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I am using Trinity from last couple-up months or so. Initially, using same species in different condition was worked fine for me. Now i am trying to do a DE analysis using multiple species. Actually, i have 3 fish performs similar behaviour and another 3 performs similar strategy. Here i considered 3 similar species as replicate for one type (and totally i have two type) . Though these are 6 different species but belong to same family.

I have already made a combine assembly according to trinity protocol (--samples_file). After assembly i have checked the separate alignment rate for each species and it was above 85%. And lastly i checked heat-map and it gave me a result that somehow match with my expectation.

But i am a bit confused about the possible generation of "assembly chimera". In most of the cases i found people do DE analysis with same species. Also didn't find any reference article that did multiple species DE analysis using Trinity pipeline. So it will be a great help for me if i get some suggestion that either i should go with existing result or i need to find another way.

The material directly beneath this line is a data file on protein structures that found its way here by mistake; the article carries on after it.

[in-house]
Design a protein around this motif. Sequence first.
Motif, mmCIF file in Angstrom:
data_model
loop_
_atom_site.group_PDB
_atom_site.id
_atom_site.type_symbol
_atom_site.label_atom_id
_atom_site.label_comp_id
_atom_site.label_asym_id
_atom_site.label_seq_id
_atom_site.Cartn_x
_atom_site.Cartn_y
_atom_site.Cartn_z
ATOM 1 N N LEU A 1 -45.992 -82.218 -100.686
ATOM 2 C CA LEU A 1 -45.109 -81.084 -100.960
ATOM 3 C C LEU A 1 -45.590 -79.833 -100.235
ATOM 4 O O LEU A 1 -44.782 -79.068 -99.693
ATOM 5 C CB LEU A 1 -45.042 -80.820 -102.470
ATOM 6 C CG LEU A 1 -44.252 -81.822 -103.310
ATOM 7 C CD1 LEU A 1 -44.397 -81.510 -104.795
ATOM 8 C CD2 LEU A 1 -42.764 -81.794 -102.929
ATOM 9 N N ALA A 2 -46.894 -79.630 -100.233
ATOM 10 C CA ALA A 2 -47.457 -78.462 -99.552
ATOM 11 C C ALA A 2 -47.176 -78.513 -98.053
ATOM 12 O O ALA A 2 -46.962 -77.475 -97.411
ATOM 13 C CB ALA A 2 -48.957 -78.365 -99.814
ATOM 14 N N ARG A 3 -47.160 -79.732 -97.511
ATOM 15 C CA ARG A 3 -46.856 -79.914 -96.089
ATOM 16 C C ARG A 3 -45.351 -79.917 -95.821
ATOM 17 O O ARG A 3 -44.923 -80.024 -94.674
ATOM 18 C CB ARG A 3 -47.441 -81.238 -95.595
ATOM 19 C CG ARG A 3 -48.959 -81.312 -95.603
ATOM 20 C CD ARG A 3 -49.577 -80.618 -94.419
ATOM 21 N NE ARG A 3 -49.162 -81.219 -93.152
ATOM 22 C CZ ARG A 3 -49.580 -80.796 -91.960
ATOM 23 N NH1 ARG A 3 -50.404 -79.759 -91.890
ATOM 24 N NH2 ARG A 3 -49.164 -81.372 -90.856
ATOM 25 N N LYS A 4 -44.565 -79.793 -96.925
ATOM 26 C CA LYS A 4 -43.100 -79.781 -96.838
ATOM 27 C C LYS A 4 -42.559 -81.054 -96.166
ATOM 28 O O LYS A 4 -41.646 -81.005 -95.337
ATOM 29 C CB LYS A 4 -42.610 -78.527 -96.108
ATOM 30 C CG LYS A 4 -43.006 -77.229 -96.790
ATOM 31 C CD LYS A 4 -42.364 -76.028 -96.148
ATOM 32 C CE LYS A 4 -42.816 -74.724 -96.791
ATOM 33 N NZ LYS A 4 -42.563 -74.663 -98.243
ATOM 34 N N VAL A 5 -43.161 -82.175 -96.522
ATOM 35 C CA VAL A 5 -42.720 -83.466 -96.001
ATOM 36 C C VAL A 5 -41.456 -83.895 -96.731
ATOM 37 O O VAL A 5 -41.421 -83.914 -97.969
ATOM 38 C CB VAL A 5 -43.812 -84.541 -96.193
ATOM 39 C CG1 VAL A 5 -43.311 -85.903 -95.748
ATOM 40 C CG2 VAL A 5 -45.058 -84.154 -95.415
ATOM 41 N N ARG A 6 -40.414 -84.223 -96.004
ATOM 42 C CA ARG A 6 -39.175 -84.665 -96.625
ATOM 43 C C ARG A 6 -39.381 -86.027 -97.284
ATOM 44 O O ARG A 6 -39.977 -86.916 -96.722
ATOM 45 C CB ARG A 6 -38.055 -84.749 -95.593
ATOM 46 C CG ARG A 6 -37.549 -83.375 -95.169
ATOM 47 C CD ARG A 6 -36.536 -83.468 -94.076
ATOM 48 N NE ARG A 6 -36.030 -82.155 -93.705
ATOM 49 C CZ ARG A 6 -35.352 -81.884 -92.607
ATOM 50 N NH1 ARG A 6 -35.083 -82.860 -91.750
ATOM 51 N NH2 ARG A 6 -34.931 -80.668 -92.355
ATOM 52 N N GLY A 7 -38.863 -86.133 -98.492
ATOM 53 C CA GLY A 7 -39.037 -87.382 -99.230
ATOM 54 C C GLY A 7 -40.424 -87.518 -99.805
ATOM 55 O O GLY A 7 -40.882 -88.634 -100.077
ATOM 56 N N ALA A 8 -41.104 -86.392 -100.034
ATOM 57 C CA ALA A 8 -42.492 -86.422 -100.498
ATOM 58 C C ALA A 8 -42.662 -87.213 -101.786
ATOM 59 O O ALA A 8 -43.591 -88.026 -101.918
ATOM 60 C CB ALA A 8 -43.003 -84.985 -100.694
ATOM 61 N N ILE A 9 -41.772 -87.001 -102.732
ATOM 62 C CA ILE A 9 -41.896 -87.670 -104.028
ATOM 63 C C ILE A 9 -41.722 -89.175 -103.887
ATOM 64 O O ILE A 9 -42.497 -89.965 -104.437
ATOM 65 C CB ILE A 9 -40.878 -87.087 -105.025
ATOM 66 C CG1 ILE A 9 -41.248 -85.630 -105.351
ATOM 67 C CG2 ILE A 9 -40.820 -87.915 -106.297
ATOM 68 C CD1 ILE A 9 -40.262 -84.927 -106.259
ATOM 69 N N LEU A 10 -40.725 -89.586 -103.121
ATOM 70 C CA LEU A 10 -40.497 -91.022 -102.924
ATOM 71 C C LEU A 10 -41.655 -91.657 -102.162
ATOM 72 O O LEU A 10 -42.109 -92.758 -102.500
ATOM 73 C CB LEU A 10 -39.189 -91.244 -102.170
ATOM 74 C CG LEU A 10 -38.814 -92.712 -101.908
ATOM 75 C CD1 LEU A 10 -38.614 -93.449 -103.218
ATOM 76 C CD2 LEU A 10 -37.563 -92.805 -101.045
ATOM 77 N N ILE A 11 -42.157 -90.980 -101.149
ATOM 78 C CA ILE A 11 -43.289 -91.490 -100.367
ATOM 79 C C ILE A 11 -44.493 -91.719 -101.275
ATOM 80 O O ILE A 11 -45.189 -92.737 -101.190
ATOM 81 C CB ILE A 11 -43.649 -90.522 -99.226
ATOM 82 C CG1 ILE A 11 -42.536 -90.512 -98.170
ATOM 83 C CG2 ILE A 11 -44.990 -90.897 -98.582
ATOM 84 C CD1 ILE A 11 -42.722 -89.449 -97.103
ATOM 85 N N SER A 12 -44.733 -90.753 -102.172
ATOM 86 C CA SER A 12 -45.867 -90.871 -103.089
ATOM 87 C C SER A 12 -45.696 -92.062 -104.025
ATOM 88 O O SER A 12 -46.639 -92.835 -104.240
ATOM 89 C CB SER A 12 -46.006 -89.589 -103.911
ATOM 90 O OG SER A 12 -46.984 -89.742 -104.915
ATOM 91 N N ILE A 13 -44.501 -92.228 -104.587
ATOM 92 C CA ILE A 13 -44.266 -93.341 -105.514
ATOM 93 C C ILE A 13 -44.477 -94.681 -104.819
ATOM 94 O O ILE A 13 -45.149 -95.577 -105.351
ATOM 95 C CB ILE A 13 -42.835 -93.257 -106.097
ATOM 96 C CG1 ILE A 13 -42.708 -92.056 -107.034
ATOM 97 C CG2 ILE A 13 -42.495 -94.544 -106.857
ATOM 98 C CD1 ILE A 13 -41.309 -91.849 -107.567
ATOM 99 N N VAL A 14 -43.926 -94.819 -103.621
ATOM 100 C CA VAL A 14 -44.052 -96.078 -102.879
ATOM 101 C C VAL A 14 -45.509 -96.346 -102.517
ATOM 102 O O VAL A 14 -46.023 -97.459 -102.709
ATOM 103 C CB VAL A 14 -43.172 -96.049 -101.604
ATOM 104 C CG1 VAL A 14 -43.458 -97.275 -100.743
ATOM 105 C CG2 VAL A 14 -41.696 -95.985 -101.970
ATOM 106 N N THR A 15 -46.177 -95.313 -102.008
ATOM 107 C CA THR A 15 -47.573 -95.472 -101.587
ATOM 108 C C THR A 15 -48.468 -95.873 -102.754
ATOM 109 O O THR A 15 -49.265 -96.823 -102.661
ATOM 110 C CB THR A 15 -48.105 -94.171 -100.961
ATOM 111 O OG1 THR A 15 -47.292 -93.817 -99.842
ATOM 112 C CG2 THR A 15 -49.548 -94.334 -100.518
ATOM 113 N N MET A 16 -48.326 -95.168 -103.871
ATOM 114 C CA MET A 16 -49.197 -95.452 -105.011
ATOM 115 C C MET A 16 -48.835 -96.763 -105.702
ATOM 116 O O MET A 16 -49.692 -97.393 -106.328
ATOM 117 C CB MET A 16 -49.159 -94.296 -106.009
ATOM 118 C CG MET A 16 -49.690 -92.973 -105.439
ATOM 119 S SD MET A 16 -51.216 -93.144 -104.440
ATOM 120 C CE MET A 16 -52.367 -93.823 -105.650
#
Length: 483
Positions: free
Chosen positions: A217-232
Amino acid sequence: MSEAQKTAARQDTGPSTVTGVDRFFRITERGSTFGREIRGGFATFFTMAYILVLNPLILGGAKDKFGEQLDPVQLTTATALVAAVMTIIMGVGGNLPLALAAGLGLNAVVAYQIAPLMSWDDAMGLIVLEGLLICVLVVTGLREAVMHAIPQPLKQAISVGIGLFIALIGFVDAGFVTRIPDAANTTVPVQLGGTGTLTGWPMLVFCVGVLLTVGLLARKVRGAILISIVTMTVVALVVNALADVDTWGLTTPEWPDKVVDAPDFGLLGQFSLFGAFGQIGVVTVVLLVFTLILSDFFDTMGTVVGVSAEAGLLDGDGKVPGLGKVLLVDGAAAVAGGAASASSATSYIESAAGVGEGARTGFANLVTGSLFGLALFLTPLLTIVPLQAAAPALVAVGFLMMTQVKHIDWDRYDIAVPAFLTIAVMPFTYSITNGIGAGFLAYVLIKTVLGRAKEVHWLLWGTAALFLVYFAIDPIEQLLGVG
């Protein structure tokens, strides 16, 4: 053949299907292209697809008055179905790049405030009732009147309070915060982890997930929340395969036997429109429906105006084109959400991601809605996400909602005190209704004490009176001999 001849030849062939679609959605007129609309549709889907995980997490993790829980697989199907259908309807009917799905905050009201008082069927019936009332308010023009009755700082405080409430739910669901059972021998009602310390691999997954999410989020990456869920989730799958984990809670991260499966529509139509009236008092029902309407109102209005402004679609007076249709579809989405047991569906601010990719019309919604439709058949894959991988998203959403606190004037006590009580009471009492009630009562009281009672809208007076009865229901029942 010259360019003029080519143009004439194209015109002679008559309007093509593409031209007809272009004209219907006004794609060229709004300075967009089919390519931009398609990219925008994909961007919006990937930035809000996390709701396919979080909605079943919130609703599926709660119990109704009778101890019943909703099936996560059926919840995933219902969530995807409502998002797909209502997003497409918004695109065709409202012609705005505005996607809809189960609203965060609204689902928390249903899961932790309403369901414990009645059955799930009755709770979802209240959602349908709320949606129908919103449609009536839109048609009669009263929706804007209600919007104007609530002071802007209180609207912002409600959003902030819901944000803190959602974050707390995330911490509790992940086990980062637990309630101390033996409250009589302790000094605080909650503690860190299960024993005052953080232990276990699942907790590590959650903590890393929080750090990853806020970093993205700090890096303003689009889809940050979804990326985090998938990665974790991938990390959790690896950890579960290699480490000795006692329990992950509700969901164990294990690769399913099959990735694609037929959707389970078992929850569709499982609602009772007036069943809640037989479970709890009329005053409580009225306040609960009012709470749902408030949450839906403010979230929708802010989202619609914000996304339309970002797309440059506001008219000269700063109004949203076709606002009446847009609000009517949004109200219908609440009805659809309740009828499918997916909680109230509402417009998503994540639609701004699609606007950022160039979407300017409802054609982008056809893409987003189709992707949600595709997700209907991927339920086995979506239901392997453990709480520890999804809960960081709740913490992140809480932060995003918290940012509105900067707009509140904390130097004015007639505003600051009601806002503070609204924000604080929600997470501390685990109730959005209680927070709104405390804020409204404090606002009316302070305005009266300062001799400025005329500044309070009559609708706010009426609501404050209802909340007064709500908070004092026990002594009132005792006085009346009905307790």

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Given that you're using multiple species / samples, the results from this are going to be quite weird.

For doing such a comparison, I think the best approach is to do a combined assembly (as it looks like you've done) to generate a single chimeric transcriptome (which will not be a good representation of any of the component species), then do a differential expression analysis using that combined assembly as the reference.

Ideally you would have multiple replicates for each different species, and then add the species and conditions into the statistical model, so that any species-specific variation can be identified and/or filtered out.

Six separate assemblies that are later merged will be less useful for a differential expression, because it will bias towards differences in the assemblies. This is a similar rationale to that used for generating UMAPs from multiple single-cell datasets where a combined UMAP is generated for the full dataset with identical parameters, so that sample-specific differences in the UMAP parameters are less of an issue.

I think it will be okay to go ahead with the combined assembly, bearing in mind that the lack of replicates for the differential expression study is going to make it more difficult to identify biological significance. Using split assemblies will not make that better; if anything, it'll make it worse.

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  • $\begingroup$ Thank you very much. $\endgroup$ Nov 29, 2021 at 16:47

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